Some vaccine experts, though, said they are not surprised by the speed of vaccine distribution so far. “It had to go this way,” Paul Offit, a professor of pediatrics at Children’s Hospital of Philadelphia, told STAT. “We had to trip and fall and stumble and figure this out.”
Claire Hannan, executive director of the Association of Immunization Managers, said some of the gap between doses administered and delivered is likely due to a program run by CVS and Walgreens to vaccinate those in nursing homes. States participating in the program have to set aside 50% of their doses, which Hannan said could account for a share of the difference between doses shipped and doses administered nationally.
“I don’t think it’s bad,” she said of the pace of distribution so far. “I think it was always going to be like this. And I think that this is actually the easy part.”
As it turns out, protecting students from Covid was never a top priority for University Presidents. The American Council on Education (“a membership organization that mobilizes [ha] the higher education community to shape effective public policy and foster innovative, high-quality practice”) has published periodic surveys on what University Presidents consider pressing issues.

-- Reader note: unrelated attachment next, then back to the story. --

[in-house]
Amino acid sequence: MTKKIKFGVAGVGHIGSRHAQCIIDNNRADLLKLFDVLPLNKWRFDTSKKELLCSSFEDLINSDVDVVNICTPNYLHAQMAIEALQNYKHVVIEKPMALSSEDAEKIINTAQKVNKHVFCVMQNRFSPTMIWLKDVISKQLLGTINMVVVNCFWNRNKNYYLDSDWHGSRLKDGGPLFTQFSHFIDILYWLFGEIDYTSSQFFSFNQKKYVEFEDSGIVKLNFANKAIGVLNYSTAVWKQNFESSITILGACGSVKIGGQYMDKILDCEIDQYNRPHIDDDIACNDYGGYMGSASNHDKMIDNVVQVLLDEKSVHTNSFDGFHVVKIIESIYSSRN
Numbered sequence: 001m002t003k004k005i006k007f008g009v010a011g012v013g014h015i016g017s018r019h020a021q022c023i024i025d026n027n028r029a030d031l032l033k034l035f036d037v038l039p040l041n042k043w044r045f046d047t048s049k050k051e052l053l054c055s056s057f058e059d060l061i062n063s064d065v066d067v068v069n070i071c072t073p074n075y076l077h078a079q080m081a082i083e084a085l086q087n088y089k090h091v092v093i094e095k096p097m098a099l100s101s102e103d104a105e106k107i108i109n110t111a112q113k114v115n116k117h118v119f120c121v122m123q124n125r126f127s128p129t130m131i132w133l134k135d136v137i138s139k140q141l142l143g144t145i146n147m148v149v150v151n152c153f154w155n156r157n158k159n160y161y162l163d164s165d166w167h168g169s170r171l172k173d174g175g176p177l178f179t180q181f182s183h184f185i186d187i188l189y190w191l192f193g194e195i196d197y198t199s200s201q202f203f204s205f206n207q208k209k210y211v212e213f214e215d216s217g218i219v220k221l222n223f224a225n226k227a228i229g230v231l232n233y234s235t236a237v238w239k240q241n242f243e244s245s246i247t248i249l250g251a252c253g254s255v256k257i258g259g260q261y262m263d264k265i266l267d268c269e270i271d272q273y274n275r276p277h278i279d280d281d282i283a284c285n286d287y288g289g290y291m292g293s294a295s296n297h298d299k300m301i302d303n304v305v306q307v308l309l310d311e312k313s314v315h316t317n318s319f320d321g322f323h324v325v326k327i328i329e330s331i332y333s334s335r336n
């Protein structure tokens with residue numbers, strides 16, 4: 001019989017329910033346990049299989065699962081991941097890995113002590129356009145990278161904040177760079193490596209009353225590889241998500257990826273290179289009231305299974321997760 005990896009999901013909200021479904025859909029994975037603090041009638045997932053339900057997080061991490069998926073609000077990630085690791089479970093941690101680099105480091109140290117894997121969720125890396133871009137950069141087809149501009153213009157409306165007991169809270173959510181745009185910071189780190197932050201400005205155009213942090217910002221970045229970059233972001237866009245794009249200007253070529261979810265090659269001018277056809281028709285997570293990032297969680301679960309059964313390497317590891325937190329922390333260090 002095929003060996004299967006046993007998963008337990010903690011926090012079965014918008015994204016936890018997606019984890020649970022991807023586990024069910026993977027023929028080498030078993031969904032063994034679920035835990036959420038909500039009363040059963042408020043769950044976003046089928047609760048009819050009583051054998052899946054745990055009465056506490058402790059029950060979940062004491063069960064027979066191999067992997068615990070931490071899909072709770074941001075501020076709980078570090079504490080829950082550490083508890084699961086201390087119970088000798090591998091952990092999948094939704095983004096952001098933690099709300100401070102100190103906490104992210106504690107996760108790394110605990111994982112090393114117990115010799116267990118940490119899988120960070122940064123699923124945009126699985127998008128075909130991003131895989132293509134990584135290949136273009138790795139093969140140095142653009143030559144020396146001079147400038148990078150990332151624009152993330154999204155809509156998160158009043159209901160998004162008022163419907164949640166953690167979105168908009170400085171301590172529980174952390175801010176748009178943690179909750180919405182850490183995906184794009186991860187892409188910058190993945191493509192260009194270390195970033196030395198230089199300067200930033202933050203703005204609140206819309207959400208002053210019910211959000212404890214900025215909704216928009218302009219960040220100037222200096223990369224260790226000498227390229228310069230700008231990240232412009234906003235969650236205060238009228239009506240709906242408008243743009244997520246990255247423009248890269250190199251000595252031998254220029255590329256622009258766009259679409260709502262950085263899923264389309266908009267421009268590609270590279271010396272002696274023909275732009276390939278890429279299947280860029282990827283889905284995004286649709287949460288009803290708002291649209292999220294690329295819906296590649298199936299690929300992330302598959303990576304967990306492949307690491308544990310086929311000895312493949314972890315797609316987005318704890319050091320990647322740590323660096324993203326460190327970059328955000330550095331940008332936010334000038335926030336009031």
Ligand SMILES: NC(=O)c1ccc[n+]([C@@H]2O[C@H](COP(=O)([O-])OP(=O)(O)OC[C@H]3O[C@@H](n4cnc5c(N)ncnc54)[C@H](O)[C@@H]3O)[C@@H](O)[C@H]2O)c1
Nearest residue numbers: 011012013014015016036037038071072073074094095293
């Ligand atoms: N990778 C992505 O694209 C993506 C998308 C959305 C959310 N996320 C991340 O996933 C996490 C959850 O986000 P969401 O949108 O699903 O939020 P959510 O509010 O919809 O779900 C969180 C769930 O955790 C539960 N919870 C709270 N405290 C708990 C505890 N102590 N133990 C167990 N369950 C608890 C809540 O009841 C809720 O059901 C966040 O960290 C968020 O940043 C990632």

The author of this article doesn’t attempt to hide his bias or contempt for the so-called leaders of our colleges and universities. I’ve made no attempt to hide my disdain either (sharp eyed readers will note my title above deletes two words from the original article title). The college clusterfuck has been one of my recurring themes:
The full article contains some pretty sorrid stuff. Enjoy!
Online education will become the standard operating model for higher education. Thousands of colleges and universities will go belly up. Professor Galloway at NYU says it’s simple math. See Galloway’s comments here: Post Pandemic Changes in Consumer Behavior
Rapid Covid-19 tests are being deployed by the millions across the nation. The federal government is sending these tests, which can provide results in minutes, to states for educators, students, nursing home patients, first responders, and other sites. That’s a good thing. But in a rush to get individual test results, we’re making a dangerous public health mistake: We’re losing critical data about Covid-19.